Launch for the National Guidelines for Antiretroviral Therapy, the Paediatric and Adolescents ART Package, and the CBART Evaluation report
Today is an exciting day. These new guidelines are making important changes in the way HIV positive patients will receive care and treatment. We also are launching several documents to support the Pediatric and Adolescents HIV Five-Year Strategic Plan, and the Community-Based ART (CBART) evaluation report.
Over the past year and a half, I have been privileged to travel to many Ministry of Health facilities across Namibia, including last week in the Zambezi region. During these visits, I have learned a lot about the incredible work that is being done to provide high quality HIV care and treatment services in Namibia.
I am excited about the positive changes these new guidelines will introduce. One of the most significant changes is the introduction of dolutegravir (DOLL-you-TEG-rav-ear) to the treatment recommendations. Dolutegravir has significant advantages over previously used ART regimens, including less side effects and a faster time to full viral suppression, which better prevents the spread of HIV infections.
The U.S. Government fully supports Namibia’s decision to transition to dolutegravir as the first line ART regimen for all eligible populations. I am pleased to announce that the U.S. Government, through PEPFAR, is procuring 95,000 one-month bottles of a combination known as TLD, which includes dolutegravir, and of dolutegravir alone, in order to ensure the Ministry has stock available immediately. Some of this consignment has already arrived, and the rest will be arriving in the coming months. Transition to these medications is planned to start in October, allowing this next month to be focused on training and orientation of the new guidelines.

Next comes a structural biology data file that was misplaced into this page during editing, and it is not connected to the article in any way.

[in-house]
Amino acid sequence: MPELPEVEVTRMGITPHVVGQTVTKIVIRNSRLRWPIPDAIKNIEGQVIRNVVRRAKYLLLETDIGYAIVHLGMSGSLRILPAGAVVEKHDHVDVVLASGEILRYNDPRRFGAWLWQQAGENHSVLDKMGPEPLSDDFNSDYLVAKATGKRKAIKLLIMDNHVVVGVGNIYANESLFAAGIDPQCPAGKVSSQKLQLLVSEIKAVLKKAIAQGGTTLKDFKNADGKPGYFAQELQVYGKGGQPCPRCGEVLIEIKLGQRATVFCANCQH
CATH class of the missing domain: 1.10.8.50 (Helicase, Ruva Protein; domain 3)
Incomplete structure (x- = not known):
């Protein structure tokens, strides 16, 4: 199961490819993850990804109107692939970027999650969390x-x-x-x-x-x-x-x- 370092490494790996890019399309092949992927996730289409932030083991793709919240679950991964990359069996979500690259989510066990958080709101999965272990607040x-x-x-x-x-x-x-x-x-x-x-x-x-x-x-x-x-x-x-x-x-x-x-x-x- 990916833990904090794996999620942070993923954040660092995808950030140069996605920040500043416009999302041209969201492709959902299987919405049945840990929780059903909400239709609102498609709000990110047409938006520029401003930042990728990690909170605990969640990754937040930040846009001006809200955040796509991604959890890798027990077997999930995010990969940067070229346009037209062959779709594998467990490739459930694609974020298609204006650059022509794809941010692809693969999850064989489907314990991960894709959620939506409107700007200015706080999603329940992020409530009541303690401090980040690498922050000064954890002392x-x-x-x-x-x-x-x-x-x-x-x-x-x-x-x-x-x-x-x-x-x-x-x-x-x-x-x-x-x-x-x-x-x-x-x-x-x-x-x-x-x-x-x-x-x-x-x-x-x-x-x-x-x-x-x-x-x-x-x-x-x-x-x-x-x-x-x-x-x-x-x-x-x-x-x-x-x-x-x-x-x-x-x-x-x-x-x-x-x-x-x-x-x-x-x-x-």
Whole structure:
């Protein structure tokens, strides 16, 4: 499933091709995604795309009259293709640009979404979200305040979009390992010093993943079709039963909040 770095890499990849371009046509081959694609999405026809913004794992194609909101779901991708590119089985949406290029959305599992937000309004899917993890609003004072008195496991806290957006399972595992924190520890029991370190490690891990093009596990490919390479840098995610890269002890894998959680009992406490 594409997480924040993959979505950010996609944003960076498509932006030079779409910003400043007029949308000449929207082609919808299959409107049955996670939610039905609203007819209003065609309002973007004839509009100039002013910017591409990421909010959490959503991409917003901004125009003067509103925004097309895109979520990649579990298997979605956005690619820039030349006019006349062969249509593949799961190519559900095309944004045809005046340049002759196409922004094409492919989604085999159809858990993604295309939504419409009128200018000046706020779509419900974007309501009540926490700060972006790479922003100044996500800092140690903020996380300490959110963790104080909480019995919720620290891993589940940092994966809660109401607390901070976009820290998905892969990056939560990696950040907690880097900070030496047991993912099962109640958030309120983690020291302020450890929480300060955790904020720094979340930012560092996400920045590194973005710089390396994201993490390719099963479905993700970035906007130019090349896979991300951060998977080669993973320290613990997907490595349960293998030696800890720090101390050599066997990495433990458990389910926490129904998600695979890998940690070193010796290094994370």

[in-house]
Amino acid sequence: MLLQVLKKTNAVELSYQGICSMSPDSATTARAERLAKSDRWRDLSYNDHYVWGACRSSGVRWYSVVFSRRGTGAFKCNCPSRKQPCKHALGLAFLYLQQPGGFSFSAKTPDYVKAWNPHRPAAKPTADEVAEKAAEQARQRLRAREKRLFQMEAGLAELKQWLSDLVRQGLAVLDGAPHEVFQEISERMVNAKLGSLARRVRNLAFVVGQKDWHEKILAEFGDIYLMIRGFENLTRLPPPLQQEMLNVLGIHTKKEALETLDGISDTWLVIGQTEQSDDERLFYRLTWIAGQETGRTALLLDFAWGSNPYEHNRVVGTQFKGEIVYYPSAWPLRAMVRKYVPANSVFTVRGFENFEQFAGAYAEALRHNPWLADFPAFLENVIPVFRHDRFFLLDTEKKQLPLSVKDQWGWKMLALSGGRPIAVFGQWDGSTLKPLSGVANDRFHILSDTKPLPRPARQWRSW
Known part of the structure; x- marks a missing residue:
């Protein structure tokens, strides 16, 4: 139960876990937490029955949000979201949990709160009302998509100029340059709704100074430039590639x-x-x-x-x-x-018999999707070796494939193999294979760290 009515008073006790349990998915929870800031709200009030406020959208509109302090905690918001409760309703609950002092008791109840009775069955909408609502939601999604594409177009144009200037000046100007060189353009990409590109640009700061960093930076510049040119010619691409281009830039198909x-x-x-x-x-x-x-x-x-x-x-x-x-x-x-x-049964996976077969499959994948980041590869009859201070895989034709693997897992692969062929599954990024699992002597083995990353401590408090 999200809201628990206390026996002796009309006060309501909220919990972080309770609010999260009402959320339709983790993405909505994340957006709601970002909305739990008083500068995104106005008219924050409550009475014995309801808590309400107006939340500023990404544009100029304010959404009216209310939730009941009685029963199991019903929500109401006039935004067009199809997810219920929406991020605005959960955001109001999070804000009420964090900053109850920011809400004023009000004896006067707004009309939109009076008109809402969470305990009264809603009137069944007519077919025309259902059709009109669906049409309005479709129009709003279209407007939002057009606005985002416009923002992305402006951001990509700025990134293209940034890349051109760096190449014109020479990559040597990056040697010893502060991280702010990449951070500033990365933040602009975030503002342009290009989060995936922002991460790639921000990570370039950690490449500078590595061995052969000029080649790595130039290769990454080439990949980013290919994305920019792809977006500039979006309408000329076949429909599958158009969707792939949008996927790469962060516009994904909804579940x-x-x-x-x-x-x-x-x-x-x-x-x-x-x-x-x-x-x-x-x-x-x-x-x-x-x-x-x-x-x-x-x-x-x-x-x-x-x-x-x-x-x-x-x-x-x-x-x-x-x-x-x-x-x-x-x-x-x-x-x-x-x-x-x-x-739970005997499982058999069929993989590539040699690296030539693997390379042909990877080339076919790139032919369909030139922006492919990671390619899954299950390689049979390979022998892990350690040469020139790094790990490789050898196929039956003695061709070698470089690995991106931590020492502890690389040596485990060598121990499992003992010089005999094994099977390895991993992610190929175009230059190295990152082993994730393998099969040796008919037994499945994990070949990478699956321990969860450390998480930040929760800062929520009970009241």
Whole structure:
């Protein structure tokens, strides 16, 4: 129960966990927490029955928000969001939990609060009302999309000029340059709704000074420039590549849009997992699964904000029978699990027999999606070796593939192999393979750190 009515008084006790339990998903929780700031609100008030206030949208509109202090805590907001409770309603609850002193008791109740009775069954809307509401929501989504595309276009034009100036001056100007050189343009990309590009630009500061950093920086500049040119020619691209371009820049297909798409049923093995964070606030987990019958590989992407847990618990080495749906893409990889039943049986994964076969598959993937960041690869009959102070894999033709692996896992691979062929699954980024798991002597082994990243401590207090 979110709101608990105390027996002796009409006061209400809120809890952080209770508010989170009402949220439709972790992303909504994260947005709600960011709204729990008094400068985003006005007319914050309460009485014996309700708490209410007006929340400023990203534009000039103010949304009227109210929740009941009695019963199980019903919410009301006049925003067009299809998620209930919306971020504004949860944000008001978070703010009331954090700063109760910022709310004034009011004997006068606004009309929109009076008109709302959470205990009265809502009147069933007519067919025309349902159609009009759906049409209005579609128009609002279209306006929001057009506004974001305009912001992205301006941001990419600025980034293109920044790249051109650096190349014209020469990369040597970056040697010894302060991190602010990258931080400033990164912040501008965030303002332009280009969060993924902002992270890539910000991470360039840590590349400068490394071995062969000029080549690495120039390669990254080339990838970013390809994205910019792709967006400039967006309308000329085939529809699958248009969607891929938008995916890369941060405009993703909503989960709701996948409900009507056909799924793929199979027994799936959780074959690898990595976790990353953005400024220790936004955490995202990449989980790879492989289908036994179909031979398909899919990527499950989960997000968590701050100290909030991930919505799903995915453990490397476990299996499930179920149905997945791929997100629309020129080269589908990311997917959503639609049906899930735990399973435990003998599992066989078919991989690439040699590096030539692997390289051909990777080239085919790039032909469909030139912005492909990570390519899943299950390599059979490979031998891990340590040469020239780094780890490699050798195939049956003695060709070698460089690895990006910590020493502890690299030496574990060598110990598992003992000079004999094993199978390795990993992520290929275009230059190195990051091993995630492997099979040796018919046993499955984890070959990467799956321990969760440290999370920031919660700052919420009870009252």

Updating of guidelines is vital, because it pulls together the latest data into a usable format, allowing frontline health providers to provide the best quality of care to their patients. I know that you all have carefully considered the best way to do this through meetings and stakeholder engagements over the past two years.
I want to add my thanks today to every person who participated in the updating of these guidelines. Your experience, judgement, and decision-making is much valued in ensuring that this document is the best it can be and that it will have the largest possible impact.
Training is incredibly important for effective guidelines’ implementation. I am impressed that you have developed a simplified version of the guidelines in the form of a pocket guide, along with additional job aids.
I also am pleased to hear that the Ministry of Health will be working with PEPFAR to develop a mobile application-based version of the guidelines. This innovative use of technology in HIV management marks a new way for Namibia to expand the availability and easy access to the ART guidelines.
There are a number of other changes introduced in the guidelines. The option of multi-month scripting and dispensing for up to six months is another exciting addition. I am happy to hear that the Ministry of Health plans in the future to procure 90-180 day packaged units, which will enable individuals to have their medications for 3-6 months all in just one medicine container. This also will help clinics to become less busy.
By compiling a comprehensive pediatric and adolescent package of services, which includes the Adolescent Guidelines, Five-Year Strategic Plan, and teen club starter pack, the Ministry is working towards achieving success across all populations. This will ensure that no one is left behind as we strive for total HIV epidemic control in Namibia.
Finally, I am also excited about the CBART evaluation report. This report contains findings of which Namibia can truly be proud. We all know just how effective the community-based ART model of care has been, but this report provides a data-based justification for that assessment. The report show very clearly how much of an impact these services have on the quality of life of people living with HIV in rural areas. I would like to congratulate the Okongo and Eenhana communities in particular for showcasing the success of this model. It is a true reflection of bringing services to the people, and I congratulate you all on doing this so well.
In conclusion, I am pleased to join you in celebrating today’s milestones and look forward to the implementation of these new guidelines as we use these tools to serve Namibians across all communities.